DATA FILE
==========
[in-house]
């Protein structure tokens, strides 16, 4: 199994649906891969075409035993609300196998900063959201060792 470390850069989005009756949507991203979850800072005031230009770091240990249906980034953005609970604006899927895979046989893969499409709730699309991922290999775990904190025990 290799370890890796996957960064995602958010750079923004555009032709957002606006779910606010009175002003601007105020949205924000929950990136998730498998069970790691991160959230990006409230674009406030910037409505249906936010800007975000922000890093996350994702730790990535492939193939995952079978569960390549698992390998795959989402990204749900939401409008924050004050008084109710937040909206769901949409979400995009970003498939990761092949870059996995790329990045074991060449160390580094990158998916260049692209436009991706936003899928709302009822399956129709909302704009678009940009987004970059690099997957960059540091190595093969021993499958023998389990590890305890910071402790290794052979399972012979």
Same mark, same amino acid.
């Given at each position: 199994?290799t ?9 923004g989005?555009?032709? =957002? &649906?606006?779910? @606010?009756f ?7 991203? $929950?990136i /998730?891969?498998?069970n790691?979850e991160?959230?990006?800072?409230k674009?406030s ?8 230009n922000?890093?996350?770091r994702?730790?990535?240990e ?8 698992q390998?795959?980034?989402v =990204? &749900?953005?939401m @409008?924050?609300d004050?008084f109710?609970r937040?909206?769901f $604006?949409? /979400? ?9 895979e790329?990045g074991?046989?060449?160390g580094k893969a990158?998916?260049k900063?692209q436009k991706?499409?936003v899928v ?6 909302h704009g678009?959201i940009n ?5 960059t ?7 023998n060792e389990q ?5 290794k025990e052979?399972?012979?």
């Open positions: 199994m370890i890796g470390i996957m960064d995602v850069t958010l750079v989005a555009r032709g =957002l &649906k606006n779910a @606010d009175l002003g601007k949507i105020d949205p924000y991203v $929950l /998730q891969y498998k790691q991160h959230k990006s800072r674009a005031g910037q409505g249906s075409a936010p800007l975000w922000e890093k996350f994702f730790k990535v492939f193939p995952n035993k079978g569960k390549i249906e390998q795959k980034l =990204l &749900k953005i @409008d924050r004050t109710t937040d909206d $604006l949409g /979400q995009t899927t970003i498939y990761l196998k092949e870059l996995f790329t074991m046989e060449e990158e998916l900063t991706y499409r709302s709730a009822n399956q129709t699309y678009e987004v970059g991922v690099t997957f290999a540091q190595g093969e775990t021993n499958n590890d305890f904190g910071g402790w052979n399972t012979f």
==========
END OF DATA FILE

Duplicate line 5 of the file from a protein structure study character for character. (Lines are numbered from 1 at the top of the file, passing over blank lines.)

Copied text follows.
């Open positions: 199994m370890i890796g470390i996957m960064d995602v850069t958010l750079v989005a555009r032709g =957002l &649906k606006n779910a @606010d009175l002003g601007k949507i105020d949205p924000y991203v $929950l /998730q891969y498998k790691q991160h959230k990006s800072r674009a005031g910037q409505g249906s075409a936010p800007l975000w922000e890093k996350f994702f730790k990535v492939f193939p995952n035993k079978g569960k390549i249906e390998q795959k980034l =990204l &749900k953005i @409008d924050r004050t109710t937040d909206d $604006l949409g /979400q995009t899927t970003i498939y990761l196998k092949e870059l996995f790329t074991m046989e060449e990158e998916l900063t991706y499409r709302s709730a009822n399956q129709t699309y678009e987004v970059g991922v690099t997957f290999a540091q190595g093969e775990t021993n499958n590890d305890f904190g910071g402790w052979n399972t012979f």